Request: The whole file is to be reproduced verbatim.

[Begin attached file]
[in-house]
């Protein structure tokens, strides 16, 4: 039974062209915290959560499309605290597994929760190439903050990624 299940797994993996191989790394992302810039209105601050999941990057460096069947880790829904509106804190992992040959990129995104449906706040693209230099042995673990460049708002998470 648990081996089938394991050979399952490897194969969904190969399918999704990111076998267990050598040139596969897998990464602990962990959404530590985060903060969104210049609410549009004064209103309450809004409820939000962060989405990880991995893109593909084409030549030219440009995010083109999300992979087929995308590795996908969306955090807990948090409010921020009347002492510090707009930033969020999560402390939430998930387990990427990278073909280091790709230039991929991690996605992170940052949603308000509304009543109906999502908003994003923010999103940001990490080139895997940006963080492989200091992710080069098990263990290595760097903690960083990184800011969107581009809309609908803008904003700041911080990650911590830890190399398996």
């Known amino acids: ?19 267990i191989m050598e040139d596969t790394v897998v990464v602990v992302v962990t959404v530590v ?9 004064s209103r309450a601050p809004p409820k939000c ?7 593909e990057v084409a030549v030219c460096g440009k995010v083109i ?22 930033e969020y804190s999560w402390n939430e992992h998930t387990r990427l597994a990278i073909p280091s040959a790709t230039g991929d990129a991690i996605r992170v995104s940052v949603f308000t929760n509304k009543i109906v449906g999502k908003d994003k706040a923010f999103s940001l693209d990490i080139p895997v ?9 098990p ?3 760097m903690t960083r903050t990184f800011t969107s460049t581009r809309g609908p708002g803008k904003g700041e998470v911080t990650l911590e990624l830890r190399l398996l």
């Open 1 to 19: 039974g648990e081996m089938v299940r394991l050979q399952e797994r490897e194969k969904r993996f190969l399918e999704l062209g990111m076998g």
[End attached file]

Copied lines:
[in-house]
């Protein structure tokens, strides 16, 4: 039974062209915290959560499309605290597994929760190439903050990624 299940797994993996191989790394992302810039209105601050999941990057460096069947880790829904509106804190992992040959990129995104449906706040693209230099042995673990460049708002998470 648990081996089938394991050979399952490897194969969904190969399918999704990111076998267990050598040139596969897998990464602990962990959404530590985060903060969104210049609410549009004064209103309450809004409820939000962060989405990880991995893109593909084409030549030219440009995010083109999300992979087929995308590795996908969306955090807990948090409010921020009347002492510090707009930033969020999560402390939430998930387990990427990278073909280091790709230039991929991690996605992170940052949603308000509304009543109906999502908003994003923010999103940001990490080139895997940006963080492989200091992710080069098990263990290595760097903690960083990184800011969107581009809309609908803008904003700041911080990650911590830890190399398996």
């Known amino acids: ?19 267990i191989m050598e040139d596969t790394v897998v990464v602990v992302v962990t959404v530590v ?9 004064s209103r309450a601050p809004p409820k939000c ?7 593909e990057v084409a030549v030219c460096g440009k995010v083109i ?22 930033e969020y804190s999560w402390n939430e992992h998930t387990r990427l597994a990278i073909p280091s040959a790709t230039g991929d990129a991690i996605r992170v995104s940052v949603f308000t929760n509304k009543i109906v449906g999502k908003d994003k706040a923010f999103s940001l693209d990490i080139p895997v ?9 098990p ?3 760097m903690t960083r903050t990184f800011t969107s460049t581009r809309g609908p708002g803008k904003g700041e998470v911080t990650l911590e990624l830890r190399l398996l």
């Open 1 to 19: 039974g648990e081996m089938v299940r394991l050979q399952e797994r490897e194969k969904r993996f190969l399918e999704l062209g990111m076998g």